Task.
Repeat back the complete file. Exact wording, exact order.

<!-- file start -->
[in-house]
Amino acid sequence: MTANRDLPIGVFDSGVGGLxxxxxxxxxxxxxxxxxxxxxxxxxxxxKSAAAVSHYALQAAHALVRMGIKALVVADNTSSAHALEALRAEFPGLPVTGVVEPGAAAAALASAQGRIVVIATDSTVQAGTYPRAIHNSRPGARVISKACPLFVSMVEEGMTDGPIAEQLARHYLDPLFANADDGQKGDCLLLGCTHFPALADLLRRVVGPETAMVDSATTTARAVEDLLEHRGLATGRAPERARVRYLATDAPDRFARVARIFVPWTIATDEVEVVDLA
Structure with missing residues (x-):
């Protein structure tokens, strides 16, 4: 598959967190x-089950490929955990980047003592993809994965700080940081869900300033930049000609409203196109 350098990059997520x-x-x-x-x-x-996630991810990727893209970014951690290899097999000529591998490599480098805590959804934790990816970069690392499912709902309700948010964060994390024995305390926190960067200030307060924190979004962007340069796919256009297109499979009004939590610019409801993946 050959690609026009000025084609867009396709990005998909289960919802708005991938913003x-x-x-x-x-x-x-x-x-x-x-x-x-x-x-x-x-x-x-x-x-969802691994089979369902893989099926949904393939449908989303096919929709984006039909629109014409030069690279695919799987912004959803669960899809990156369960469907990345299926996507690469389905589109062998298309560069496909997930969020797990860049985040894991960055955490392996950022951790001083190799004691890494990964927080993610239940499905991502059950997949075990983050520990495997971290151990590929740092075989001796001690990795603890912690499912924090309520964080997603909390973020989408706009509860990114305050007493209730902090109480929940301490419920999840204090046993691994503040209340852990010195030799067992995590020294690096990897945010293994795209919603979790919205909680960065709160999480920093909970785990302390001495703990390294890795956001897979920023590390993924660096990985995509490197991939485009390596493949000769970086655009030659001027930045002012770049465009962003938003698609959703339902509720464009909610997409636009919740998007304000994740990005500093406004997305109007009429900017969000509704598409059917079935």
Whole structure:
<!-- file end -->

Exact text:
[in-house]
Amino acid sequence: MTANRDLPIGVFDSGVGGLxxxxxxxxxxxxxxxxxxxxxxxxxxxxKSAAAVSHYALQAAHALVRMGIKALVVADNTSSAHALEALRAEFPGLPVTGVVEPGAAAAALASAQGRIVVIATDSTVQAGTYPRAIHNSRPGARVISKACPLFVSMVEEGMTDGPIAEQLARHYLDPLFANADDGQKGDCLLLGCTHFPALADLLRRVVGPETAMVDSATTTARAVEDLLEHRGLATGRAPERARVRYLATDAPDRFARVARIFVPWTIATDEVEVVDLA
Structure with missing residues (x-):
């Protein structure tokens, strides 16, 4: 598959967190x-089950490929955990980047003592993809994965700080940081869900300033930049000609409203196109 350098990059997520x-x-x-x-x-x-996630991810990727893209970014951690290899097999000529591998490599480098805590959804934790990816970069690392499912709902309700948010964060994390024995305390926190960067200030307060924190979004962007340069796919256009297109499979009004939590610019409801993946 050959690609026009000025084609867009396709990005998909289960919802708005991938913003x-x-x-x-x-x-x-x-x-x-x-x-x-x-x-x-x-x-x-x-x-969802691994089979369902893989099926949904393939449908989303096919929709984006039909629109014409030069690279695919799987912004959803669960899809990156369960469907990345299926996507690469389905589109062998298309560069496909997930969020797990860049985040894991960055955490392996950022951790001083190799004691890494990964927080993610239940499905991502059950997949075990983050520990495997971290151990590929740092075989001796001690990795603890912690499912924090309520964080997603909390973020989408706009509860990114305050007493209730902090109480929940301490419920999840204090046993691994503040209340852990010195030799067992995590020294690096990897945010293994795209919603979790919205909680960065709160999480920093909970785990302390001495703990390294890795956001897979920023590390993924660096990985995509490197991939485009390596493949000769970086655009030659001027930045002012770049465009962003938003698609959703339902509720464009909610997409636009919740998007304000994740990005500093406004997305109007009429900017969000509704598409059917079935």
Whole structure: